TEXAS, USA — The average tuition and fees at a public university in Texas costs an estimated $10,129 per year. If you are a parent or a self-funding student, those numbers can be intimidating.
But if your household makes under a certain amount of money, students from that household may be eligible at many Texas universities for free tuition, and possibly free fees, and even free room and board.
There are need-based programs that cover costs leftover after other financial aid has been applied to what you owe.
For students who have graduated from any one of dozens of high schools, they help fully cover educational expenses at several universities that each program partners with (these are the ones included in the Dallas County program and these are the ones in the Tarrant County program).
Free tuition programs at Texas universities
Additionally, many universities in Texas have their own free tuition and fee programs. Again, your household has to make under a certain amount to qualify.
A few schools require that your household income is less than $30,000 a year. A few others say you can qualify if your household makes under $85,000 a year.
Most of them offer free tuition for households making less than $65,000. But that is Adjusted Gross Income (AGI), so even if your gross income is slightly higher than these limits, you may still be eligible. Just check your AGI on your most recent income tax returns.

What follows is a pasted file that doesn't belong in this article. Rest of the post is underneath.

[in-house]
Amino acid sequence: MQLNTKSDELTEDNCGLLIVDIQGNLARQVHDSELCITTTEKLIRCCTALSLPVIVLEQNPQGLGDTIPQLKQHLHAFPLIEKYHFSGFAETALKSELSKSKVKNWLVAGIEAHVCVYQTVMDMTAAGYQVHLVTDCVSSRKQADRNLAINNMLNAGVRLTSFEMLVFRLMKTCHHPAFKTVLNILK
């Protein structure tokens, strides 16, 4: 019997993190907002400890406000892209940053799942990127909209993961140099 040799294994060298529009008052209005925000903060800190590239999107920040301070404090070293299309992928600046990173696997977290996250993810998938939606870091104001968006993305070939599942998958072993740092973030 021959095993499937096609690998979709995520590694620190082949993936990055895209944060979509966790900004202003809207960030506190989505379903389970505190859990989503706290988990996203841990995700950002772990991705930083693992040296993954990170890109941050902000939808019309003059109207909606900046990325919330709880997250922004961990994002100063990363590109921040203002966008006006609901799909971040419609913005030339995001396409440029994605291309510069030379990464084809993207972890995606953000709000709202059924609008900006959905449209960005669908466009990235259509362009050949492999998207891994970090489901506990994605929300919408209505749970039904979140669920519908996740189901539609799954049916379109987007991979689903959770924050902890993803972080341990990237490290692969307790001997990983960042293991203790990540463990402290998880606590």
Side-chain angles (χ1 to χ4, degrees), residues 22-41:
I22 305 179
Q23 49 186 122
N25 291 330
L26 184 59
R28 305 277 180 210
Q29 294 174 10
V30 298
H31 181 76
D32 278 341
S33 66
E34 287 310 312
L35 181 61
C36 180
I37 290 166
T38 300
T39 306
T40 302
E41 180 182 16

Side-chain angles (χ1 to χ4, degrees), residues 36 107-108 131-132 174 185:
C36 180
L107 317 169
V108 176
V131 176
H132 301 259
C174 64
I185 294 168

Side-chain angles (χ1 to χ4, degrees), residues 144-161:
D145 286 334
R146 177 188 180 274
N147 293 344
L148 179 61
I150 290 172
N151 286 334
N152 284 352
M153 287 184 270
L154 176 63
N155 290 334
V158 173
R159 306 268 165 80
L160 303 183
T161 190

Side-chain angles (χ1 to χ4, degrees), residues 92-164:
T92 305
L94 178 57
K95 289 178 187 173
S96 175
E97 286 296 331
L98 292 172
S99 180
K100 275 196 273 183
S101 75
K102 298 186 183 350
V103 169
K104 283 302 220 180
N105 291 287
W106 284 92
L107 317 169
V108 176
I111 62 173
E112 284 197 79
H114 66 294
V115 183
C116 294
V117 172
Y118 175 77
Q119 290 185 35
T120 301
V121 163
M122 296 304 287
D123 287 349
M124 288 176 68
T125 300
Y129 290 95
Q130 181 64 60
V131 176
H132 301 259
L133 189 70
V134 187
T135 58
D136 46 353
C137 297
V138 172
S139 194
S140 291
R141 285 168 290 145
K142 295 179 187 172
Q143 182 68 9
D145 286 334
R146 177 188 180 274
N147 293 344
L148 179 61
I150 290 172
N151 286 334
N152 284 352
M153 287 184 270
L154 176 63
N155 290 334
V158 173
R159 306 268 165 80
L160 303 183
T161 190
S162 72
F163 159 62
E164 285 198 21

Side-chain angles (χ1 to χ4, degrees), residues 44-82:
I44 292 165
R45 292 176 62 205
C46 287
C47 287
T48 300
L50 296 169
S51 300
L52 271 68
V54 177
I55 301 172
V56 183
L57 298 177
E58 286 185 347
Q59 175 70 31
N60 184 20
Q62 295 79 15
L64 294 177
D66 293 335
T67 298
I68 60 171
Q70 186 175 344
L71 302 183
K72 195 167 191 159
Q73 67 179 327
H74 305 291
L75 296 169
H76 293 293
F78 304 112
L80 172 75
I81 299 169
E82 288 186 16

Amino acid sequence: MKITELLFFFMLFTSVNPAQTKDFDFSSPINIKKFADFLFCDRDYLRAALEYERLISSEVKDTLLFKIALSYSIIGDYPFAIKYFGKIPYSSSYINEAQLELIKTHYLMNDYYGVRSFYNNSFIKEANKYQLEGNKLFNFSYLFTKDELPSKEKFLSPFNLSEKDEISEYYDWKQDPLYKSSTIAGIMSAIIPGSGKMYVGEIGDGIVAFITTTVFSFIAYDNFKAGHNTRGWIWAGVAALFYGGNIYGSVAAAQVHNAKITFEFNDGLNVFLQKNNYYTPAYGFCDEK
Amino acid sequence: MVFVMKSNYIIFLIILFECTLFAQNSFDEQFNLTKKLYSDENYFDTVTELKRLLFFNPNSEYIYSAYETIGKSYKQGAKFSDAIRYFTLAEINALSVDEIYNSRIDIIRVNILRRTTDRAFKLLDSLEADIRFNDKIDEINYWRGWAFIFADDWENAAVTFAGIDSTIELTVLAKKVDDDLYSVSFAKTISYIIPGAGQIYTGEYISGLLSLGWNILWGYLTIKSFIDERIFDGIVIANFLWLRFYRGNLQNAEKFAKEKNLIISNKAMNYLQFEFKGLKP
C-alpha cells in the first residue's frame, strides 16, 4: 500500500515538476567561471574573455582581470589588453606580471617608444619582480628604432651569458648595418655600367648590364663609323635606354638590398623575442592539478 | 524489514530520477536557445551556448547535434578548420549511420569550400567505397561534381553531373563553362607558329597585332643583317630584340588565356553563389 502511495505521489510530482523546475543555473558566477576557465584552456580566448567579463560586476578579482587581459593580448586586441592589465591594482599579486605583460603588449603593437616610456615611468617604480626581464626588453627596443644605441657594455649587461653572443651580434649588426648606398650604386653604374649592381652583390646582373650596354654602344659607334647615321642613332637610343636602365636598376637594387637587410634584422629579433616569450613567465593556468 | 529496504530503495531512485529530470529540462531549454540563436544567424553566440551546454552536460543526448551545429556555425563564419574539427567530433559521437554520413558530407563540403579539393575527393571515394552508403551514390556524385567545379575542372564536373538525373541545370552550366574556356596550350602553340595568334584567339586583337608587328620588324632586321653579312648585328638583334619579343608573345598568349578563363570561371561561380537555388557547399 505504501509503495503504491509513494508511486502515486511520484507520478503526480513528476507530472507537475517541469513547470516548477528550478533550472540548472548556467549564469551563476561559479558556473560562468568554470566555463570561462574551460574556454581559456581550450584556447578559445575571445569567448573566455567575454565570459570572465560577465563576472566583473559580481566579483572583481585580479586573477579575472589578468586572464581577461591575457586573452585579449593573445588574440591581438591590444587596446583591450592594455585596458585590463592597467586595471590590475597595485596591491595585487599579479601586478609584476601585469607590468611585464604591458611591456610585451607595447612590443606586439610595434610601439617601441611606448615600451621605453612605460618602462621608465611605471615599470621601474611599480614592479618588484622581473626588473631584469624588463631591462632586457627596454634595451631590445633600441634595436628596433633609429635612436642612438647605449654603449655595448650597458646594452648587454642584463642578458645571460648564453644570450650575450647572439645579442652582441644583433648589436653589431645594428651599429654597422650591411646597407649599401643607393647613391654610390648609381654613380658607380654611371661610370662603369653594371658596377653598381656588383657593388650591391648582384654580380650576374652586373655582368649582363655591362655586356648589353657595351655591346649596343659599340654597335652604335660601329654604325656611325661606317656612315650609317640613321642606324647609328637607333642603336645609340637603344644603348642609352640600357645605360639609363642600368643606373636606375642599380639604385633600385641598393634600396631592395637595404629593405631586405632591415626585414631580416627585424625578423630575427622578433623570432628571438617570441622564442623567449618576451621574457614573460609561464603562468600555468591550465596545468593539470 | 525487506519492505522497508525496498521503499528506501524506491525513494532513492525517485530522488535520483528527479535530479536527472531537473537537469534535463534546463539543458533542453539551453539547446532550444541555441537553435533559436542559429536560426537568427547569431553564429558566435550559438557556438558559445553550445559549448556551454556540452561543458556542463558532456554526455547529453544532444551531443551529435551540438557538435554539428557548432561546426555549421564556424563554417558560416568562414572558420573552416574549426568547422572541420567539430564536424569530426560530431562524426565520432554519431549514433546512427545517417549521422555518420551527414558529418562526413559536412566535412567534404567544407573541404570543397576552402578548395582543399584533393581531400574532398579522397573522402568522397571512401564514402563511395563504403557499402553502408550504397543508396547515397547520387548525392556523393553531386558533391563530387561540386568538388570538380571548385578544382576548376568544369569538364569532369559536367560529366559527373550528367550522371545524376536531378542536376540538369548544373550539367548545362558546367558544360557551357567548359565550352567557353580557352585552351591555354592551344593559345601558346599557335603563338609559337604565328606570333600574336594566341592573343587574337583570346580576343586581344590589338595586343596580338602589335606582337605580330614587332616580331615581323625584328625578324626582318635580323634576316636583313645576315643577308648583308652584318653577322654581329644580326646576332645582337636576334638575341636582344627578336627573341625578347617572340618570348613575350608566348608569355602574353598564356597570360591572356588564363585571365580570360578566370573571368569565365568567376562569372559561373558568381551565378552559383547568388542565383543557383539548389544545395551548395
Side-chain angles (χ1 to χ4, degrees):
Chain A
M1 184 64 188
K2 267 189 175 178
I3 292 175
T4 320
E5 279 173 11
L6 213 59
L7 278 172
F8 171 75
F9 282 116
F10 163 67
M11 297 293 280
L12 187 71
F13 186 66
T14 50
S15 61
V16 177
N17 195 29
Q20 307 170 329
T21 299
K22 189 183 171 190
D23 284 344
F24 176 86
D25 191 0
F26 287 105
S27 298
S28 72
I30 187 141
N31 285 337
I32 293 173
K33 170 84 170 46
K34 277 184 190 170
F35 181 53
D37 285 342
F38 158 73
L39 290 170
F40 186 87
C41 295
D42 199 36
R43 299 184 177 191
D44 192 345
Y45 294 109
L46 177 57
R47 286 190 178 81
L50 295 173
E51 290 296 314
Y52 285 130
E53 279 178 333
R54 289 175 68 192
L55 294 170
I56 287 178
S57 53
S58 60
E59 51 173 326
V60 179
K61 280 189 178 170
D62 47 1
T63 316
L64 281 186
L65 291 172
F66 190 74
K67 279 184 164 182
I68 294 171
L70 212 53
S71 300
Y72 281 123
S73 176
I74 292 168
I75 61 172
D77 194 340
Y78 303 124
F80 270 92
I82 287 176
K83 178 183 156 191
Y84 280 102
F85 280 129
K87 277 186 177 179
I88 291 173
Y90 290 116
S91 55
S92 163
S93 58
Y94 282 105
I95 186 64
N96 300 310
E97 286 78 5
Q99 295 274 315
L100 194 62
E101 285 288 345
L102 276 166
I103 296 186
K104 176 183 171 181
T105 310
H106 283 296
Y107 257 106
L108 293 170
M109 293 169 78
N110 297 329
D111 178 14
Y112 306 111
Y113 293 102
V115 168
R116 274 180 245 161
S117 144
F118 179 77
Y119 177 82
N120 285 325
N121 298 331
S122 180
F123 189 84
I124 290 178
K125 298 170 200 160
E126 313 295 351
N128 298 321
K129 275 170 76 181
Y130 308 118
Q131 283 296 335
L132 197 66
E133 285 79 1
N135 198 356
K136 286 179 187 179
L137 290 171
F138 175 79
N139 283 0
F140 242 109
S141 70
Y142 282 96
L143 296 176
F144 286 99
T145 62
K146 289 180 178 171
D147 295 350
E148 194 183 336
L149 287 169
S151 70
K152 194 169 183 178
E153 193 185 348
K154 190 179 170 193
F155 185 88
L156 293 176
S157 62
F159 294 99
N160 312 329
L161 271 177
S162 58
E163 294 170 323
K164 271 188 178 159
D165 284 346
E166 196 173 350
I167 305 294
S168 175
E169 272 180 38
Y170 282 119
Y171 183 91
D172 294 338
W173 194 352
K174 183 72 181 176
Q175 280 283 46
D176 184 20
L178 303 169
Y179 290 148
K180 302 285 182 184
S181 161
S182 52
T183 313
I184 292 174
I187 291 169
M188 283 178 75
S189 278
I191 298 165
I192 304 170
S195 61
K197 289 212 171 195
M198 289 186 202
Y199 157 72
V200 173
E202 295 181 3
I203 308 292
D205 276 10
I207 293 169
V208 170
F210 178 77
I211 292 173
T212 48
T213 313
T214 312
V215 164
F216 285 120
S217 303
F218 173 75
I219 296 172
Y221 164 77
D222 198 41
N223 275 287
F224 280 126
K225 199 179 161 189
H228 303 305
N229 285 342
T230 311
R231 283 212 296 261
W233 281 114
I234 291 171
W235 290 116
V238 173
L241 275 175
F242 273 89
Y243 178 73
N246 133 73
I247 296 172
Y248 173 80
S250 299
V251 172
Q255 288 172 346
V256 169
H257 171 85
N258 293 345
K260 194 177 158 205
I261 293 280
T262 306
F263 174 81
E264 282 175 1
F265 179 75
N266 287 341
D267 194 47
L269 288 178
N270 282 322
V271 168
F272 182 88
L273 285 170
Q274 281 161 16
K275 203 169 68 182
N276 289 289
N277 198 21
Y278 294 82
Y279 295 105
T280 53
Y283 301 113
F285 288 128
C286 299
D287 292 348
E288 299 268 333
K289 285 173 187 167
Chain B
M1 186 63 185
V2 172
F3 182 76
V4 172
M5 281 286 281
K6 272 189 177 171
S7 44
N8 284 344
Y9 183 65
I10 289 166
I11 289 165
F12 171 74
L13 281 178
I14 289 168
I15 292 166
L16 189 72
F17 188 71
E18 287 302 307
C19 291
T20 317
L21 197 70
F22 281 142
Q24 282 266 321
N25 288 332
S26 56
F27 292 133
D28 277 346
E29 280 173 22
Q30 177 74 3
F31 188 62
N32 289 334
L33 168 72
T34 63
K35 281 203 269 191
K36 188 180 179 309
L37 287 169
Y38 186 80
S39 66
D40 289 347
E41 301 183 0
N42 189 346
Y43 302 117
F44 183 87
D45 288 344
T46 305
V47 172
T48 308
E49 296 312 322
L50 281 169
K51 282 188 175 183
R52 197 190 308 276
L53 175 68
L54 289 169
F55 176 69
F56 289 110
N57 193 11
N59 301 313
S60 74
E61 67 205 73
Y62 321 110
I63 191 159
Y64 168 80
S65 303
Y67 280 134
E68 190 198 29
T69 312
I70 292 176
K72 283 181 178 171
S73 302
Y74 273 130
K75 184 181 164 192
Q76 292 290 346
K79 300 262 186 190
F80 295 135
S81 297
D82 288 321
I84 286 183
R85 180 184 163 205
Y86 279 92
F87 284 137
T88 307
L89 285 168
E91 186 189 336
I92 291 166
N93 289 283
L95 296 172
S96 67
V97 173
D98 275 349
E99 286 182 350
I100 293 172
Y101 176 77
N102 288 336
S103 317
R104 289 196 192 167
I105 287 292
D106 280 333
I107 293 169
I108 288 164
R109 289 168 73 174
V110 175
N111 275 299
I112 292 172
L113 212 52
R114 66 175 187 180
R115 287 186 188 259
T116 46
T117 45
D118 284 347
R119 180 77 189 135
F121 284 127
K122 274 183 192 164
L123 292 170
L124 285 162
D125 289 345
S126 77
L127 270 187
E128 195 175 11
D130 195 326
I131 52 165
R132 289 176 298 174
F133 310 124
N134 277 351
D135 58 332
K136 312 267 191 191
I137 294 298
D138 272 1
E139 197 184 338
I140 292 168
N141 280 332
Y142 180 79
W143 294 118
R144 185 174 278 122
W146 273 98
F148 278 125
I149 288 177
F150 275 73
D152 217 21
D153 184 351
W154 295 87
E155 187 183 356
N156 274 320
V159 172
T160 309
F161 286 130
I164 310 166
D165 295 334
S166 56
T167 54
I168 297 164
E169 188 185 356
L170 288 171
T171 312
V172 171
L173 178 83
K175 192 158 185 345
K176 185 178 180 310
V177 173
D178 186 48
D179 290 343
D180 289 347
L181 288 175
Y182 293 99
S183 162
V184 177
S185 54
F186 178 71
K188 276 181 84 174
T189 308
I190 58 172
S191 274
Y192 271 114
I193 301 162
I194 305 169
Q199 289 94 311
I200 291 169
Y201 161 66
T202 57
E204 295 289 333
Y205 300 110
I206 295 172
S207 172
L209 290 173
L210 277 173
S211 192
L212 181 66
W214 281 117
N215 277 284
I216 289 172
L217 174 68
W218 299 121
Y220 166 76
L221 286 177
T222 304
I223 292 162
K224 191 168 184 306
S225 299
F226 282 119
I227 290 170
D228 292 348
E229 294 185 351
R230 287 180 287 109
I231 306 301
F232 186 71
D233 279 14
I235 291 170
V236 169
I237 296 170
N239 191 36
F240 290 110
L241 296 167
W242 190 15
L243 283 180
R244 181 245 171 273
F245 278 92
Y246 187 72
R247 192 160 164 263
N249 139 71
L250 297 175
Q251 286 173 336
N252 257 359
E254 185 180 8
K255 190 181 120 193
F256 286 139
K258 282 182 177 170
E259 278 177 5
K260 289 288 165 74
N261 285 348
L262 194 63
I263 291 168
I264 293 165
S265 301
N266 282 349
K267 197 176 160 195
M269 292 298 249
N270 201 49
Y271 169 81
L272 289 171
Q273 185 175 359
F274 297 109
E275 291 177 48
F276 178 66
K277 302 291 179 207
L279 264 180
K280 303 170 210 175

Also, some schools have tuition discount programs for students coming from some households that make too much to qualify for free tuition. There are deadlines and there are different rules and requirements for each program.
Here are the links to the programs at individual Texas universities:
- The University of Texas at Austin
- Texas A&M University
- UT San Antonio
- Texas State University
- UT Dallas
- The University of Houston
- Texas Tech University
- Sam Houston State University
- Stephen F. Austin University (Purple Promise)
- Texas A&M Commerce
- Midwestern State University
- Angelo State University
- Lamar University
- University of St. Thomas Houston
- University of Texas Arlington
If you are saving for college with a 529 plan, it has probably gotten pretty beaten up in the market over the last year. If your balance has been badly knocked down, remember you can alter your plan investments twice a year.
Some of the choices in the Texas plan, like the Capital Preservation option, have done a lot less badly than others this year. It is probably a good idea to have a financial advisor look over the options there, because as you invest, you want to be looking ahead (not just reacting to what the market has already done).
If your child graduates high school in the more distant future, your continued contributions now are buying stocks at cheaper prices. Ideally, your 529 plan will get a much nicer bounce when the market recovers.